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Best way to backup?
Thread poster: Joanne Parker

Joanne Parker  Identity Verified
Local time: 17:51
German to English
+ ...
Apr 1, 2003

Hello,



Yesterday my motherboard died. One minute it was there and working, the next minute it was dead. I took it to the PC clinic and they told me there was nothing they could do with it - it was only a year and a half old.



Fortunately, it wasn\'t my usual PC that I use on a daily basis, so I can still work and I still have all my data on this PC. But I\'m now VERY aware of the need to backup on a daily basis.



I\'ve checked the Forum entries here and see that Jerzy recommends Norton Ghost. But this seems to be for using the same PC only. What happens if the motherboard on this machine goes and I need to access my data from a different machine, running a different operating system?



Any help you can give me would be gratefully received. But go easy on me - I\'m still in shock after the death of my old PC!



Thanks,



Joanne



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gamingman
Hungary
Local time: 18:51
English to Hungarian
With Ghost... Apr 1, 2003

...you cannot make a complete system restore on a different machine (unless you have the very same configuration) due to different hardware components.

Anyway, if you pull out your HDD (hard drive, and put it in the new one, plus install Ghost on the new one, as well, you will be able to make partial recovery (from under Windows!), I mean, you can select what files to restore.



If you use Windows 2000, or higher, you can make use of the built-in Ntbackup utility, which I use for daily backups, running them as scheduled tasks, when I\'m in bed.



Quote:


On 2003-04-01 12:30, parker wrote:

Hello,



Yesterday my motherboard died. One minute it was there and working, the next minute it was dead. I took it to the PC clinic and they told me there was nothing they could do with it - it was only a year and a half old.



Fortunately, it wasn\'t my usual PC that I use on a daily basis, so I can still work and I still have all my data on this PC. But I\'m now VERY aware of the need to backup on a daily basis.



I\'ve checked the Forum entries here and see that Jerzy recommends Norton Ghost. But this seems to be for using the same PC only. What happens if the motherboard on this machine goes and I need to access my data from a different machine, running a different operating system?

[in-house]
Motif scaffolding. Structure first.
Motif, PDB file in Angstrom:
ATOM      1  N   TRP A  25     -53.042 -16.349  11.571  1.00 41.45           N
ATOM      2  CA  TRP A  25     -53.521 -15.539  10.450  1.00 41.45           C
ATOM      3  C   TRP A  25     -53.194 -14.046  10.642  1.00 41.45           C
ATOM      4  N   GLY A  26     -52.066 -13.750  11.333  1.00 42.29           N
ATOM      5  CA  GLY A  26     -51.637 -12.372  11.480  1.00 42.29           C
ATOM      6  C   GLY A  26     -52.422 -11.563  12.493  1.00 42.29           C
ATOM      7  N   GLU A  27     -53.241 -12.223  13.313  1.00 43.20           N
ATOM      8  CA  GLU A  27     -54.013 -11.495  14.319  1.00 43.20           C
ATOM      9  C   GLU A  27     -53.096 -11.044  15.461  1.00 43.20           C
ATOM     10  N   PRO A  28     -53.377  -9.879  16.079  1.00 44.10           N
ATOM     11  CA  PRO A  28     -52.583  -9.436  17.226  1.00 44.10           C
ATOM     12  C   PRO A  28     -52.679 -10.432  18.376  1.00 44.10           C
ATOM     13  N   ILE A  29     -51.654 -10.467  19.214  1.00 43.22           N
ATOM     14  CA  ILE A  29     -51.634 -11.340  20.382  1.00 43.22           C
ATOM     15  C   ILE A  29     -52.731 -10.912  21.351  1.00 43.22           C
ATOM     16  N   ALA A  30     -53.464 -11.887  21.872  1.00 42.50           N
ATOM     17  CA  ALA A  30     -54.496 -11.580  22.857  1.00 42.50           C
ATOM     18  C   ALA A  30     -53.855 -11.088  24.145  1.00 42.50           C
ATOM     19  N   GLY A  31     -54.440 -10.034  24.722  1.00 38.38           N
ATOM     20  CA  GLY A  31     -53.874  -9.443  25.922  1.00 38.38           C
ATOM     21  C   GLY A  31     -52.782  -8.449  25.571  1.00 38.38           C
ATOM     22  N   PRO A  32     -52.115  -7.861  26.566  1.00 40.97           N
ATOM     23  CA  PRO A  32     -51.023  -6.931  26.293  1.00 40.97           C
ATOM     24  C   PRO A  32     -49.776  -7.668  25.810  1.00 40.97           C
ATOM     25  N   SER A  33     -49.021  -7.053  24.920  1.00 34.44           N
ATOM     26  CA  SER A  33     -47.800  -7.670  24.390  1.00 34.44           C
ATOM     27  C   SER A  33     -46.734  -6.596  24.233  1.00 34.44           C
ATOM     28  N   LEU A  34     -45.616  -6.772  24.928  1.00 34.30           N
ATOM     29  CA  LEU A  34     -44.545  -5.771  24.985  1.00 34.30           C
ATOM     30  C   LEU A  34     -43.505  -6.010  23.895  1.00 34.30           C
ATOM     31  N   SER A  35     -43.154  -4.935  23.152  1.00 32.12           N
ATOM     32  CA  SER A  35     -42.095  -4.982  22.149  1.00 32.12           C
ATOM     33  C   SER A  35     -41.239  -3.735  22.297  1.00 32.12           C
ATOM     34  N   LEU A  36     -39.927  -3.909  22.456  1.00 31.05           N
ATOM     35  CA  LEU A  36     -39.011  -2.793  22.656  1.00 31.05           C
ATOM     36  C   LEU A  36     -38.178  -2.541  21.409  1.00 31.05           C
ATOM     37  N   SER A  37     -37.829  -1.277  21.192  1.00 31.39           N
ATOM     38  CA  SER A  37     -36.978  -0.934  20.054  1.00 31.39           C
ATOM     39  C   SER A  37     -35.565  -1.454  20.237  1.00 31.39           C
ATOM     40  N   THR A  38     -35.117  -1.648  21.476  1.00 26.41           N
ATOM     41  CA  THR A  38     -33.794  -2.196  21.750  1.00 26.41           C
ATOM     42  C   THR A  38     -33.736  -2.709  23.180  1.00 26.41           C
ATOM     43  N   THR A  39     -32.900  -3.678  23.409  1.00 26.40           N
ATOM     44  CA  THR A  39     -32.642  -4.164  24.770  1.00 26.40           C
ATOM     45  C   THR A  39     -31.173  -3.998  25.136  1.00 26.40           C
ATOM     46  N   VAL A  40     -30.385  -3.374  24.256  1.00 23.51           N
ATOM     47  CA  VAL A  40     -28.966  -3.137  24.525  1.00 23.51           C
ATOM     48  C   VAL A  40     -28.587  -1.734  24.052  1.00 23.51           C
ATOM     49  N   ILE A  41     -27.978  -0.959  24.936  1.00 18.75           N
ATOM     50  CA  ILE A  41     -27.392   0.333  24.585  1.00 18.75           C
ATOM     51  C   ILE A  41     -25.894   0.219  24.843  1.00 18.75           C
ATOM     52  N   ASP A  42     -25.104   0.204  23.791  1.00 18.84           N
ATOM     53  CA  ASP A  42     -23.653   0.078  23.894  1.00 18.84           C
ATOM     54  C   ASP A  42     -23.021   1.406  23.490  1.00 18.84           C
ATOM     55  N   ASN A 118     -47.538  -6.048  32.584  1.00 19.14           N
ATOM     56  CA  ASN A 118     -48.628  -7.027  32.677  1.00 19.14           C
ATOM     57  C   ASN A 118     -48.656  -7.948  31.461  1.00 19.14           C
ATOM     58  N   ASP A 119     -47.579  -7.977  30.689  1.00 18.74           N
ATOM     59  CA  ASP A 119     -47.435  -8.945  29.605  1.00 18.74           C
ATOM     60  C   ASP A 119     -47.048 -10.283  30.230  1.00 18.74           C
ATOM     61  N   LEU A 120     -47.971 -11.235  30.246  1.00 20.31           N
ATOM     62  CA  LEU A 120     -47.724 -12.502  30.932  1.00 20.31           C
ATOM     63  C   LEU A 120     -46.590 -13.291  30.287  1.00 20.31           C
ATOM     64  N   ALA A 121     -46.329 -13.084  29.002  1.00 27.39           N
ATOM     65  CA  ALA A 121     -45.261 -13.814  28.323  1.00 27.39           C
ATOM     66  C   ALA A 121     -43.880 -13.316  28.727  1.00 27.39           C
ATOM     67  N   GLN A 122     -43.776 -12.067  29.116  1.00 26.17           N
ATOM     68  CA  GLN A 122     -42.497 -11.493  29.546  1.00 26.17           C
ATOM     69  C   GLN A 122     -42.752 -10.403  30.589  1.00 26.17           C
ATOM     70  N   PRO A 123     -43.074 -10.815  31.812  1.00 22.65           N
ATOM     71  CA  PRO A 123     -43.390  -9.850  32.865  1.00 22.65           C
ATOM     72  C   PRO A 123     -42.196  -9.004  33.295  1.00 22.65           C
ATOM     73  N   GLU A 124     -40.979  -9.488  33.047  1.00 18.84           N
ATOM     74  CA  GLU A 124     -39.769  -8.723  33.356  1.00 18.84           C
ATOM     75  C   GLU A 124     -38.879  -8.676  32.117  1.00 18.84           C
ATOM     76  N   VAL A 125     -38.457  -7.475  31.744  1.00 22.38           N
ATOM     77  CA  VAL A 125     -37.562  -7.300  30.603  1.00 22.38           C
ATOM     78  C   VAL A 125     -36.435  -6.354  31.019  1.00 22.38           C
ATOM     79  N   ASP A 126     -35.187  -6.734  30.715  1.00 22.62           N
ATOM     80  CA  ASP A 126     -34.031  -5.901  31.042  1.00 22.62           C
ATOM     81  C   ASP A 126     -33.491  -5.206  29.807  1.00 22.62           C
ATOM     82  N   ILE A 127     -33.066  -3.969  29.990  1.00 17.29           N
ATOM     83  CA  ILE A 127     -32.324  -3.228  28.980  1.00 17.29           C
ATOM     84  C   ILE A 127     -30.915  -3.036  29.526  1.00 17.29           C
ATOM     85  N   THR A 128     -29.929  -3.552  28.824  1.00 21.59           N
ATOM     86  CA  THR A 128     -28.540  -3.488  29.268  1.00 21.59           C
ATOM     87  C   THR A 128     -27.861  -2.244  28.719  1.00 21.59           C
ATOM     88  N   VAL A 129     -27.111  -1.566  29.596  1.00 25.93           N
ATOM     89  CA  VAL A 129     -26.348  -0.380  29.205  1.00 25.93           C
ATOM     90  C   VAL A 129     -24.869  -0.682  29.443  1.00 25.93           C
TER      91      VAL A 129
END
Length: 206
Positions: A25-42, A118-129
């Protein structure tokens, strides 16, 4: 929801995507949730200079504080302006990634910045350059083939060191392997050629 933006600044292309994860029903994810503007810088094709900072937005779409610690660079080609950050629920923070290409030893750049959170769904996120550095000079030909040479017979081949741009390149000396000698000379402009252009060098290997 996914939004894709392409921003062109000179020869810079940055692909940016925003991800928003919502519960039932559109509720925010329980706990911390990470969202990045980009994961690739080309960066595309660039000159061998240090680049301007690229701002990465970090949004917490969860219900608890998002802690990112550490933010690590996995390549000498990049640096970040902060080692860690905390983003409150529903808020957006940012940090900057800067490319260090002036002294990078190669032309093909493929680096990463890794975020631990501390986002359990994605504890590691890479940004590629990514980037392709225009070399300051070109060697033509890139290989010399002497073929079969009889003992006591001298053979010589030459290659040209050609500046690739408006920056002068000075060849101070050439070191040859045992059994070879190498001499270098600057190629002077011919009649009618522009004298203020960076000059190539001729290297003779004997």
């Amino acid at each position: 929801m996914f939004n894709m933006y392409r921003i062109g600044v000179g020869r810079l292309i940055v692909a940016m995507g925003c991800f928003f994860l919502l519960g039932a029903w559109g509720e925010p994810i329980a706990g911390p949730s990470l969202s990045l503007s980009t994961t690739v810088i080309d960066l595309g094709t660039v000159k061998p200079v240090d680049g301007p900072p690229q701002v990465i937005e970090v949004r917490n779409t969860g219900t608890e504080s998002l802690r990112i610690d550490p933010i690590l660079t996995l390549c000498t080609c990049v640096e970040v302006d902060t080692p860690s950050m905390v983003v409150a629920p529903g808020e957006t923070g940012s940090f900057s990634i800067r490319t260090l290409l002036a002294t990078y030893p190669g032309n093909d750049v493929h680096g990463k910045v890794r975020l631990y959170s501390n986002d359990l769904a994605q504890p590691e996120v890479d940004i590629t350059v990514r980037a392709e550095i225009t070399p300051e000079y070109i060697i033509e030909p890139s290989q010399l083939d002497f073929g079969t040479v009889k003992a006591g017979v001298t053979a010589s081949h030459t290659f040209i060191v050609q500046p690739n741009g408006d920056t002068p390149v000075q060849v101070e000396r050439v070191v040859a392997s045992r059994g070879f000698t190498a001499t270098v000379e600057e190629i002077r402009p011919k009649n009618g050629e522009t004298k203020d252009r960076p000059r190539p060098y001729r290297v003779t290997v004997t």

Any help you can give me would be gratefully received. But go easy on me - I\'m still in shock after the death of my old PC!



Thanks,



Joanne





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Carsten Behrend  Identity Verified
Germany
Local time: 18:51
English to German
+ ...
Deinstall Hard Disk Apr 1, 2003

Hallo Joanne!



Why don\'t you just deinstall (remove) the hard disk drive from the computer that crashed? Or am I getting you somehow wrong?



Take the deinstalled drive and insert it into the machine which is working properly. It requires some fine feeling when connecting power and board connectors. But it is feasible. Give it a try!



Carsten


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Andrzej Lejman  Identity Verified
Local time: 18:51
German to Polish
+ ...
Joanne, Apr 1, 2003

a motherboard is only one part in a computer - it can be replaced. Since it isn\'t very old, there should be no problem to find a proper type for your CPU and main memory. You don\'t need to abandon other parts because of the motherboard.

Good luck!

Andrzej


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Sheila Hardie  Identity Verified
Spain
Local time: 18:51
Member
Catalan to English
+ ...
What about for a Mac? Apr 1, 2003

Funnily enough, I was just going to ask about backup systems today - my laptop (a Mac PowerBook G4) was making weird noises yesterday and I am a bit concerned



What would the best and easiest way to backup a Mac - unfortunately, I haven\'t got another computer, so I can\'t transfer it to another machine very easily.



I\'d greatly appreciate any advice on this.



I hope you manage to retrieve any information you lost, Joanne



Sheila


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Daina Jauntirans  Identity Verified
Local time: 11:51
German to English
+ ...
Backup under Windows 2000 Pro? Apr 1, 2003

Quote:


If you use Windows 2000, or higher, you can make use of the built-in Ntbackup utility, which I use for daily backups, running them as scheduled tasks, when I\'m in bed.





How do you do this? I tried to run the built-in backup program on my machine running Win 2000 Pro and it would not let me back up to a CD. A check of the Microsoft knowledgebase confirmed that this does not work with my configuration. I have probably hundreds of MB of files, so burning a CD is the only feasible method to make backups; however, this is cumbersome on a daily basis.

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Mónica Machado
United Kingdom
Local time: 17:51
English to Portuguese
+ ...
I use a zip drive Apr 1, 2003

Hello,



I know this might be an old fashioned process but so far I can\'t really complain.



I make a copy of the document I am currently working everyday before shuting down the machine.



If I have another machine ready to work with all programs there up and running and my main computer has a nervous breakdown I can simply connect the zip drive to the other computer and download my file onto that machine. Since I backup everyday (and keep uncleaned files on a zip disk too) I very rarely have any trouble for real...



Well, I got this system two years ago when I had 2 virus in 3 days and almost lost my mind all together



Now I am so much used to to that daily back up of current document that it is part of my routine.



You can also do it on a CD but it seems a zip disk is best for that daily process.



Well, if you have any different opinion, do share it.



Best regards,

Mónica









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gamingman
Hungary
Local time: 18:51
English to Hungarian
With Ntbackup... Apr 1, 2003

... you can backup your data either to a file, or to a tape device.